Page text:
Lusophony Games

Lusophony Games
Official logo of the ACOLOP
Status active
Genre sports event
Frequency every 4th year
Location(s) various
Inaugurated 2006 (2006)
Organised by ACOLOP

The Lusophony Games (Portuguese: Jogos da Lusofonia) is a multinational multi-sport event organized by the ACOLOP, which involves athletes coming from Lusophone (Portuguese-speaking) countries, most countries competing are countries that are members of the CPLP (Community of Portuguese Language Countries), but some are countries with significant Portuguese communities or have a history with Portugal[1]

Participating countries are founding members Angola, Brazil, Cape Verde, East Timor, Guinea-Bissau, Macau (Chinese SAR), Mozambique, Portugal and São Tomé and Príncipe, and associate members Equatorial Guinea, India and Sri Lanka. In addition, Ghana, Flores (an island of Indonesia), Mauritius and Morocco have also expressed the desire to participate in future events.[2]

This event is similar in concept to the Commonwealth Games (for members of the Commonwealth of Nations) and the Jeux de la Francophonie (for the Francophone community).

Editions [ edit ]

Year Edition Date Host country Host city Athletes (nations)
2006 I 7–15 October   Macao Macau 733 (11)
2009 II 11–19 July   Portugal Lisbon 1300 (12)
2014 III 18–29 January   India Goa [3] 7000 (12)
2018 IV cancelled   Mozambique Maputo cancelled
2021 V TBD   Angola Luanda TBD

The 2017 Games were awarded to Mozambique. However, as of November 2017, they had not taken place. A delegation from CPLP met with officials in São Tomé e Príncipe about holding the Games there in July 2018.[4]

Inaugural edition [ edit ]

Participating countries (purple) and host city (yellow square) of the 1st Lusophony Games.

The 1st Lusophony Games were hosted by Macau, from 7 to 15 October 2006, comprising 733 athletes from 11 countries (Equatorial Guinea did not field any athletes), some of which are international sports stars.

In competition were a total of 48 events distributed between 8 sports: athletics, basketball, beach volleyball, football, futsal, table tennis, taekwondo, volleyball. Portugal and Brazil were the top medal collectors of the Games, managing to grab 85% of the titles. These two countries acquired 71% of the total medals of the Games. All delegations won medals.

List of countries/territories [ edit ]

Countries that have participated [ edit ]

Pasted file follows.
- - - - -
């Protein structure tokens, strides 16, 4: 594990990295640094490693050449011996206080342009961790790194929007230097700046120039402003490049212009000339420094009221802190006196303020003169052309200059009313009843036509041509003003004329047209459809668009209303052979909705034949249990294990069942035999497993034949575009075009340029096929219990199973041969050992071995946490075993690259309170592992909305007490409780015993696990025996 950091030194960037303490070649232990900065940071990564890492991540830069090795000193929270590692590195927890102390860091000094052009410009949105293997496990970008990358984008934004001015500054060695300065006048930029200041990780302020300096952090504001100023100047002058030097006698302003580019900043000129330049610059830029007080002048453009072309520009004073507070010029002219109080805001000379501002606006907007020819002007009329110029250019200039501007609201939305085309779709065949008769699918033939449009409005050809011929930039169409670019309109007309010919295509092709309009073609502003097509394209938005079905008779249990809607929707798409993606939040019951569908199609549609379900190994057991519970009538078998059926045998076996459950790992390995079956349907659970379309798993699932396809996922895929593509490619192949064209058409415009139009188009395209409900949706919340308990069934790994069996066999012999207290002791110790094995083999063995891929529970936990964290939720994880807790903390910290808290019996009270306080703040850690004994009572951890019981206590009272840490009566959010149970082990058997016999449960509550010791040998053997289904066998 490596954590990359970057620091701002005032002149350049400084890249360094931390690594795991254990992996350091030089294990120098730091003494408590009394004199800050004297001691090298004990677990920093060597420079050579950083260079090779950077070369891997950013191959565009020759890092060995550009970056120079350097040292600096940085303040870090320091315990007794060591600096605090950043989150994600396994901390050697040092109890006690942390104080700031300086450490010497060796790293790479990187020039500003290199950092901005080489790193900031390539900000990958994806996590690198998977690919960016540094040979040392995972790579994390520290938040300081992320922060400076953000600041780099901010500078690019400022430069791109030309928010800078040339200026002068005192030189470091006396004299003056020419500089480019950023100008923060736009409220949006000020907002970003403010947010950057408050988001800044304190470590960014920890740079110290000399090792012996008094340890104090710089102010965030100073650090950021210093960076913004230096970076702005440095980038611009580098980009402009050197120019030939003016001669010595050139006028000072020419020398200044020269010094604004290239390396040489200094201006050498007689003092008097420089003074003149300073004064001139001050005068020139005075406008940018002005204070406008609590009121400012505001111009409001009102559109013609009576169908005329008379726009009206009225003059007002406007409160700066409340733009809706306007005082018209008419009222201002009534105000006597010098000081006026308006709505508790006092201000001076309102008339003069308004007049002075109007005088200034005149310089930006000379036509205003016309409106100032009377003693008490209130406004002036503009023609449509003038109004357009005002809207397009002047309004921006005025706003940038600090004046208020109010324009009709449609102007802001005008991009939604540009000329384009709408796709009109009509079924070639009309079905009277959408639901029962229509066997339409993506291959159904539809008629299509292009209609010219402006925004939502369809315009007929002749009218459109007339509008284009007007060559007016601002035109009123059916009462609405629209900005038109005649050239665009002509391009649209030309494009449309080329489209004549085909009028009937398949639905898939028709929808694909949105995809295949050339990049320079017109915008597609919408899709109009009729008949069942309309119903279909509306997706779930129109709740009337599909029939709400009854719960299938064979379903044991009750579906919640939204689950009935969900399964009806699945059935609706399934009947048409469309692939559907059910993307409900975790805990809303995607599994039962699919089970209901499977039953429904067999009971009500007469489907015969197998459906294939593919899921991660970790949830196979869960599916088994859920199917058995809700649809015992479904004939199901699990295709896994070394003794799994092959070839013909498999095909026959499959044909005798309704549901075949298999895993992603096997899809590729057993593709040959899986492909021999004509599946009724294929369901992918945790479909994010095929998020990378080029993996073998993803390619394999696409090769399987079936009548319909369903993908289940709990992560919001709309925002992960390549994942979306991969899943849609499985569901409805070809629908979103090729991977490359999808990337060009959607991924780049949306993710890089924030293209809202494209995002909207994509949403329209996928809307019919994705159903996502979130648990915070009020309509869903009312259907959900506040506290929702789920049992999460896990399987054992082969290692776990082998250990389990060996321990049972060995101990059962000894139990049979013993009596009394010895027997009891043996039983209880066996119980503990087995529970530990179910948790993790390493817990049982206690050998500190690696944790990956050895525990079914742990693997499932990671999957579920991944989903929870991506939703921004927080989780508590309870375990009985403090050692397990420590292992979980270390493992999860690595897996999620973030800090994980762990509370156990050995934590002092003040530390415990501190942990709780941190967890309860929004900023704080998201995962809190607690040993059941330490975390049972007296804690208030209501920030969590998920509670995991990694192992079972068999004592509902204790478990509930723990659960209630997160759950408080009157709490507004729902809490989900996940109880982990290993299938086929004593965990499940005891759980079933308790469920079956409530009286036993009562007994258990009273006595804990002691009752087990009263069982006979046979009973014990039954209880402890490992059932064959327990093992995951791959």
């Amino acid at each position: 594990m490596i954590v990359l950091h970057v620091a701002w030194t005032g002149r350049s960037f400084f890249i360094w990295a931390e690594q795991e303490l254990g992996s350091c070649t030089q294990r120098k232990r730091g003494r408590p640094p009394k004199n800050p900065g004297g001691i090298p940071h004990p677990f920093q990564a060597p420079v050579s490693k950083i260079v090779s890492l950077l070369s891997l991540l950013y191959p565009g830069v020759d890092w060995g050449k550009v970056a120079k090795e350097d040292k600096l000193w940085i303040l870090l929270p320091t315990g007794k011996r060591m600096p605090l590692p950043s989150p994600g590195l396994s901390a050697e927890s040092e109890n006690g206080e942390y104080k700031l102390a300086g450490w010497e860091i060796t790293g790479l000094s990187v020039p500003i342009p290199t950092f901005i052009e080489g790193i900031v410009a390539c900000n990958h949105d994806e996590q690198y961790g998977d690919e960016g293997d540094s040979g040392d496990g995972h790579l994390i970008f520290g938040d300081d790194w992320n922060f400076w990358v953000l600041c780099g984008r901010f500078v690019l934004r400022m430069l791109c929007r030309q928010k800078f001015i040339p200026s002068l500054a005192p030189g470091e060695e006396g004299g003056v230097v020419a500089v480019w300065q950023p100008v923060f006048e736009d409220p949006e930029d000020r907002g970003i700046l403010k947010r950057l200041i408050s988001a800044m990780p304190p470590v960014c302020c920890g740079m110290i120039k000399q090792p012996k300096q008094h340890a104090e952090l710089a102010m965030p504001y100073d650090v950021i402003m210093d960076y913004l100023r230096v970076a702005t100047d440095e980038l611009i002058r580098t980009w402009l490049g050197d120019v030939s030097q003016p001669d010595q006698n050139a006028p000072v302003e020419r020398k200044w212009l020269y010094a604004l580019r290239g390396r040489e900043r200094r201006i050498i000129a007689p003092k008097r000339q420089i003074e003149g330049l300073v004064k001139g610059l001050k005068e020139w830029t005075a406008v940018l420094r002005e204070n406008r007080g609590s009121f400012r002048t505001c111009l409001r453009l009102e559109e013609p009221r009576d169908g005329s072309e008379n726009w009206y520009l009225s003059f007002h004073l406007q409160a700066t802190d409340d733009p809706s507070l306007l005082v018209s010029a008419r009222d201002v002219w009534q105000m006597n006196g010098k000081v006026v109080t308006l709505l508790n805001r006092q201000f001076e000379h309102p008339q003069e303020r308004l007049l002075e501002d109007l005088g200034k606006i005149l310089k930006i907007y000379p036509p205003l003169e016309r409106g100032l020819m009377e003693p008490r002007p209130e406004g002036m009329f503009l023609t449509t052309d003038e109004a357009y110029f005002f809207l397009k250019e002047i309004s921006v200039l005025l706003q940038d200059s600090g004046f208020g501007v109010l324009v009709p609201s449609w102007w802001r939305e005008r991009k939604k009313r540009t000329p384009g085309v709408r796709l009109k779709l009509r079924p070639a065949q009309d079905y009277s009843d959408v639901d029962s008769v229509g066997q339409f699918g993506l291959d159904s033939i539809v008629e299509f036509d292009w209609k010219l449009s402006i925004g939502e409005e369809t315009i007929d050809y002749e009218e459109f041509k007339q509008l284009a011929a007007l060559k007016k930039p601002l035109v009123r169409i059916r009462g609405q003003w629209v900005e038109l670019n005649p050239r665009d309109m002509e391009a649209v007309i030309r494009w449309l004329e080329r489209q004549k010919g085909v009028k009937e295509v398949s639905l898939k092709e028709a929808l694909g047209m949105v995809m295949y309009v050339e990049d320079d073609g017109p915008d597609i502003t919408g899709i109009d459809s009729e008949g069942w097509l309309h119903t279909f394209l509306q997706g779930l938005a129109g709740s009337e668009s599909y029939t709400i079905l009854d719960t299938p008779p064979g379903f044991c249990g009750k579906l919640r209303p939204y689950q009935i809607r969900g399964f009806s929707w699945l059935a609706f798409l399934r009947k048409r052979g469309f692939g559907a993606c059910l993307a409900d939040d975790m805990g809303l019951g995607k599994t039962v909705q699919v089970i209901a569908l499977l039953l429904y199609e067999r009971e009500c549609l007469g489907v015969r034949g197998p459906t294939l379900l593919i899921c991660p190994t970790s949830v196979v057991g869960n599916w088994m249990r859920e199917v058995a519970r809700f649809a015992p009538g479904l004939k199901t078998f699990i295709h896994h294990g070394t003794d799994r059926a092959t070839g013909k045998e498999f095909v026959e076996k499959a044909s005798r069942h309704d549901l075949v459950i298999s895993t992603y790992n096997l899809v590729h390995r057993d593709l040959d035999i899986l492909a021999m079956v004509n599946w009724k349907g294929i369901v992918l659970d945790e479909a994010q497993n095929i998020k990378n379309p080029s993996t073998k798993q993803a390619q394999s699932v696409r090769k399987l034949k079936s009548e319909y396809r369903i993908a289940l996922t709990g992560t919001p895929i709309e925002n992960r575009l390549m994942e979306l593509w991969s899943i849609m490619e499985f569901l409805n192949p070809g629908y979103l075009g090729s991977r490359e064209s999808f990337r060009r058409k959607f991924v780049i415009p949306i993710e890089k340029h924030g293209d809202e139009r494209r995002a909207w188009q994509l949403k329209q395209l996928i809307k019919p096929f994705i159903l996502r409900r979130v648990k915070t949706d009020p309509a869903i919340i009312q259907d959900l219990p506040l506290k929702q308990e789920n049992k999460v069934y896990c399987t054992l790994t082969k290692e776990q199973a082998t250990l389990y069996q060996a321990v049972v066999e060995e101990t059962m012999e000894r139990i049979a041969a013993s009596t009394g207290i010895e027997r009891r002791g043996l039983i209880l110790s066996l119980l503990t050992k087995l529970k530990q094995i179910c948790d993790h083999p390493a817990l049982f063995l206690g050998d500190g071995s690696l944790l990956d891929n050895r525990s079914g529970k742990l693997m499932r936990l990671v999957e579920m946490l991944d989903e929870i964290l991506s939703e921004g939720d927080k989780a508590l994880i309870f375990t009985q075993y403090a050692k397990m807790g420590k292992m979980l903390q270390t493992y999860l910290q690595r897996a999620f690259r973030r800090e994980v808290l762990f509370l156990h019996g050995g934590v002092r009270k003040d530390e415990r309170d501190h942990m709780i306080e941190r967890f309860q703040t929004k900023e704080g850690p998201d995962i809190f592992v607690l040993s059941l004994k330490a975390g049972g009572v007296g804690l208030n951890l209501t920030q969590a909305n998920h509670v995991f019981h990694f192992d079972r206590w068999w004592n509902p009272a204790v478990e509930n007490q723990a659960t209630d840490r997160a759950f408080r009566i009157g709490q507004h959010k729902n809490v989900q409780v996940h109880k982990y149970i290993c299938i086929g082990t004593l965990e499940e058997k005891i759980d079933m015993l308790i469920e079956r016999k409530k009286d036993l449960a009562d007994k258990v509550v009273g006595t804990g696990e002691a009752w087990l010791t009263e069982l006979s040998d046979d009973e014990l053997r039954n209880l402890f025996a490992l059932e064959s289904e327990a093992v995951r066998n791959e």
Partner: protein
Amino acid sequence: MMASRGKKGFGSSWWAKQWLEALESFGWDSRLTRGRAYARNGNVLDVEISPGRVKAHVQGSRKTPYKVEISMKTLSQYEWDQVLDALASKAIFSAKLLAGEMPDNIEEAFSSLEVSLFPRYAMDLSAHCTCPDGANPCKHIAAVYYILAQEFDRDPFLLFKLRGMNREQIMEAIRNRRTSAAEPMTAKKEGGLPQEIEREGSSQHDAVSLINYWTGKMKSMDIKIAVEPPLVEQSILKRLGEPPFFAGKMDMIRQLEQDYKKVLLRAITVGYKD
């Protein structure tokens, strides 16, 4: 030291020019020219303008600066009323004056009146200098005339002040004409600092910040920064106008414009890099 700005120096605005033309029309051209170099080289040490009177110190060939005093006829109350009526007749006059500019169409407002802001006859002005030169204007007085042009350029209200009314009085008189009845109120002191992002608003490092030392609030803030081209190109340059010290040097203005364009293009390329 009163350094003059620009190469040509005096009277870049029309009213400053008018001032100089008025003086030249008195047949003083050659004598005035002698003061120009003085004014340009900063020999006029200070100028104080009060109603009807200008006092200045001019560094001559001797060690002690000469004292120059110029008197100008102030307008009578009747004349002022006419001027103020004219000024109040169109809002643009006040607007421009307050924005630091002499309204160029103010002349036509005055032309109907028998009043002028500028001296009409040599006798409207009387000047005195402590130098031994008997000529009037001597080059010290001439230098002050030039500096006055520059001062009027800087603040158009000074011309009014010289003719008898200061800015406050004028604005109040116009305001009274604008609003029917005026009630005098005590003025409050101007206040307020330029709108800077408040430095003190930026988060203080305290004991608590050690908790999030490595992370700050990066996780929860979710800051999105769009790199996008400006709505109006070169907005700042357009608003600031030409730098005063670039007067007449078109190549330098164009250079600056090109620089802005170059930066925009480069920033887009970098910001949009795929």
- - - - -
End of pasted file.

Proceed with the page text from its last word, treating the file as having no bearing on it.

All-time medal table [ edit ]

Lusophony Games medal count
Pos Country Gold Silver Bronze Total
1   Brazil 64 43 32 139
2   Portugal 55 72 48 175
3   India 38 29 35 102
4   Macau 16 15 33 64
5   Sri Lanka 10 13 18 41
6   Angola 9 12 25 46
7   Mozambique 8 7 10 25
8   Cape Verde 3 8 16 27
9   Guinea-Bissau 2 1 1 4
9   São Tomé and Príncipe 1 3 7 11
11 East Timor East Timor 0 0 2 2
12   Equatorial Guinea 0 0 0 0
Total 206 203 227 636


Sports [ edit ]

So far there are not any regulations concerning the list of sports that should be included in the Games schedule. The sports chosen for the 1st edition were discussed and deliberated by the ACOLOP's members on general assembly, but without any principle of future 'core' and 'rotating' sports from a list of approved ones.

However, on 14 October 2006, the president of the organizing committee for the 2009 Lusophony Games, José Vicente de Moura, mentioned the possibility of the ACOLOP proposing four or five core sports to be included on every future edition, plus the prerogative for the host country to propose three of four more to a maximum of nine sports. In 2009 edition (Lisbon) 1500 athletes participated from 12 countries. In the football tournament five U-20 national teams competed.[6] The sport marked with an asterisk (*) means that it has a demonstration event.

See also [ edit ]

References [ edit ]

  1. ^ "Lusophony Games". Retrieved 10 September 2017.
  2. ^ "Jogos da Lusofonia - Portugal e Índia são valor acrescentado" (in Portuguese). A União - Jornal Online. Archived from the original on 15 March 2007.
  3. ^ "Lusofonia Games postponed on account of incomplete infrastructure". The Hindu. 23 September 2013. Retrieved 12 November 2013.
  4. ^ "CPLP engajada com Jogos em São Tomé e Príncipe". A Nação (Cape Verde). 9 November 2017. Retrieved 18 February 2018. Italic or bold markup not allowed in: |publisher= (help)
  5. ^ "Archived copy". Archived from the original on 2 February 2014. Retrieved 30 January 2014. CS1 maint: archived copy as title (link)
  6. ^ "Lisboa 2009 Football tournament" (in Spanish). Periodismo de fútbol internacional.

External links [ edit ]

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